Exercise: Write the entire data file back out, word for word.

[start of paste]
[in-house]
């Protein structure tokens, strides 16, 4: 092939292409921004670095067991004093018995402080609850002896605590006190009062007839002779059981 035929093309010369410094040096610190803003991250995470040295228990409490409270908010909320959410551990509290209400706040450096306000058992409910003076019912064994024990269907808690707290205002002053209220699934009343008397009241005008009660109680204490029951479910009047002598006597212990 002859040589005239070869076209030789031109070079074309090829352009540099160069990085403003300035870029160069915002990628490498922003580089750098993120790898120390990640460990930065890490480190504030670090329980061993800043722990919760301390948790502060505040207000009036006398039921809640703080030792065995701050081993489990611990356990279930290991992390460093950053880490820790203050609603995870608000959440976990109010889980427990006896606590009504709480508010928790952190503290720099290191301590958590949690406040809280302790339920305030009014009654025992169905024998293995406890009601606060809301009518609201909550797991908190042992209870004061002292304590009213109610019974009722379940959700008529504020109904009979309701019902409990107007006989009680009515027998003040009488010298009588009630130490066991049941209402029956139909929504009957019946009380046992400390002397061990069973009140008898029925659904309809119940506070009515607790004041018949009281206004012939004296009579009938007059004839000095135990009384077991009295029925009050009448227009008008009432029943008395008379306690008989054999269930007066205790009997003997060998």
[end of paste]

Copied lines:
[in-house]
């Protein structure tokens, strides 16, 4: 092939292409921004670095067991004093018995402080609850002896605590006190009062007839002779059981 035929093309010369410094040096610190803003991250995470040295228990409490409270908010909320959410551990509290209400706040450096306000058992409910003076019912064994024990269907808690707290205002002053209220699934009343008397009241005008009660109680204490029951479910009047002598006597212990 002859040589005239070869076209030789031109070079074309090829352009540099160069990085403003300035870029160069915002990628490498922003580089750098993120790898120390990640460990930065890490480190504030670090329980061993800043722990919760301390948790502060505040207000009036006398039921809640703080030792065995701050081993489990611990356990279930290991992390460093950053880490820790203050609603995870608000959440976990109010889980427990006896606590009504709480508010928790952190503290720099290191301590958590949690406040809280302790339920305030009014009654025992169905024998293995406890009601606060809301009518609201909550797991908190042992209870004061002292304590009213109610019974009722379940959700008529504020109904009979309701019902409990107007006989009680009515027998003040009488010298009588009630130490066991049941209402029956139909929504009957019946009380046992400390002397061990069973009140008898029925659904309809119940506070009515607790004041018949009281206004012939004296009579009938007059004839000095135990009384077991009295029925009050009448227009008008009432029943008395008379306690008989054999269930007066205790009997003997060998």